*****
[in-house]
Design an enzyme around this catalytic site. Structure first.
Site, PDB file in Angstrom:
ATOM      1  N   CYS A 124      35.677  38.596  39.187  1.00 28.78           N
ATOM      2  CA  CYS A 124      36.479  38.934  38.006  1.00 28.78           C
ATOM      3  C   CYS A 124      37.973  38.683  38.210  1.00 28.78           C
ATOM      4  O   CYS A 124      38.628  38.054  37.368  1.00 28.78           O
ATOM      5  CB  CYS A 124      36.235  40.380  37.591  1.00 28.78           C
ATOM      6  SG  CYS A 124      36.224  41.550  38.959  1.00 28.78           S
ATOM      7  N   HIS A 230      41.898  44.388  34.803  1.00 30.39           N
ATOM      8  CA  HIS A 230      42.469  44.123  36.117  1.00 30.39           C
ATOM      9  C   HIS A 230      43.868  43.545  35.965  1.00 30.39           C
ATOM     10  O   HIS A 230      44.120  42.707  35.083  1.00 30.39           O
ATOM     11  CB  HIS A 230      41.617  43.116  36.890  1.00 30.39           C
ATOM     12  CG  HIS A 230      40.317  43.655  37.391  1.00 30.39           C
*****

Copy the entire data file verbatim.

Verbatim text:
[in-house]
Design an enzyme around this catalytic site. Structure first.
Site, PDB file in Angstrom:
ATOM      1  N   CYS A 124      35.677  38.596  39.187  1.00 28.78           N
ATOM      2  CA  CYS A 124      36.479  38.934  38.006  1.00 28.78           C
ATOM      3  C   CYS A 124      37.973  38.683  38.210  1.00 28.78           C
ATOM      4  O   CYS A 124      38.628  38.054  37.368  1.00 28.78           O
ATOM      5  CB  CYS A 124      36.235  40.380  37.591  1.00 28.78           C
ATOM      6  SG  CYS A 124      36.224  41.550  38.959  1.00 28.78           S
ATOM      7  N   HIS A 230      41.898  44.388  34.803  1.00 30.39           N
ATOM      8  CA  HIS A 230      42.469  44.123  36.117  1.00 30.39           C
ATOM      9  C   HIS A 230      43.868  43.545  35.965  1.00 30.39           C
ATOM     10  O   HIS A 230      44.120  42.707  35.083  1.00 30.39           O
ATOM     11  CB  HIS A 230      41.617  43.116  36.890  1.00 30.39           C
ATOM     12  CG  HIS A 230      40.317  43.655  37.391  1.00 30.39           C